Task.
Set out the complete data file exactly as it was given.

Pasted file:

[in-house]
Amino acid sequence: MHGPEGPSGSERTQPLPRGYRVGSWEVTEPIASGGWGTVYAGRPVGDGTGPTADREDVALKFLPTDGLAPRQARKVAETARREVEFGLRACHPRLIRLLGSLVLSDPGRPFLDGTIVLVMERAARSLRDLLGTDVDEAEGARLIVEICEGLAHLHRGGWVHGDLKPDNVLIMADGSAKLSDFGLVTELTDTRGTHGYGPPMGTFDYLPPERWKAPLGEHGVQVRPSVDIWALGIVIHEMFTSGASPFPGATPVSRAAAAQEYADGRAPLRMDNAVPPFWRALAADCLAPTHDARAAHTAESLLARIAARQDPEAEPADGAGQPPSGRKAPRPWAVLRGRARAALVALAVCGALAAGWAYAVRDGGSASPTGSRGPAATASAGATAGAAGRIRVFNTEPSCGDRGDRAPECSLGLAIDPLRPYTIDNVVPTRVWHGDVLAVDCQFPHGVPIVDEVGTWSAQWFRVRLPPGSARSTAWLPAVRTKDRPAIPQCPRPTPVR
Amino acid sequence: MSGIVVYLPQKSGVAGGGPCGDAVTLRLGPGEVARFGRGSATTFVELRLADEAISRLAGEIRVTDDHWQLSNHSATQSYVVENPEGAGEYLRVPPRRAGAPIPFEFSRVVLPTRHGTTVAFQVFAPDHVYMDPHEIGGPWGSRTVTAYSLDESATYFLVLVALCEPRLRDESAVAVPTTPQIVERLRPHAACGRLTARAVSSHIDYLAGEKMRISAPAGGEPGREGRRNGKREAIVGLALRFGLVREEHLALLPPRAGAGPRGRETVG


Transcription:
[in-house]
Amino acid sequence: MHGPEGPSGSERTQPLPRGYRVGSWEVTEPIASGGWGTVYAGRPVGDGTGPTADREDVALKFLPTDGLAPRQARKVAETARREVEFGLRACHPRLIRLLGSLVLSDPGRPFLDGTIVLVMERAARSLRDLLGTDVDEAEGARLIVEICEGLAHLHRGGWVHGDLKPDNVLIMADGSAKLSDFGLVTELTDTRGTHGYGPPMGTFDYLPPERWKAPLGEHGVQVRPSVDIWALGIVIHEMFTSGASPFPGATPVSRAAAAQEYADGRAPLRMDNAVPPFWRALAADCLAPTHDARAAHTAESLLARIAARQDPEAEPADGAGQPPSGRKAPRPWAVLRGRARAALVALAVCGALAAGWAYAVRDGGSASPTGSRGPAATASAGATAGAAGRIRVFNTEPSCGDRGDRAPECSLGLAIDPLRPYTIDNVVPTRVWHGDVLAVDCQFPHGVPIVDEVGTWSAQWFRVRLPPGSARSTAWLPAVRTKDRPAIPQCPRPTPVR
Amino acid sequence: MSGIVVYLPQKSGVAGGGPCGDAVTLRLGPGEVARFGRGSATTFVELRLADEAISRLAGEIRVTDDHWQLSNHSATQSYVVENPEGAGEYLRVPPRRAGAPIPFEFSRVVLPTRHGTTVAFQVFAPDHVYMDPHEIGGPWGSRTVTAYSLDESATYFLVLVALCEPRLRDESAVAVPTTPQIVERLRPHAACGRLTARAVSSHIDYLAGEKMRISAPAGGEPGREGRRNGKREAIVGLALRFGLVREEHLALLPPRAGAGPRGRETVG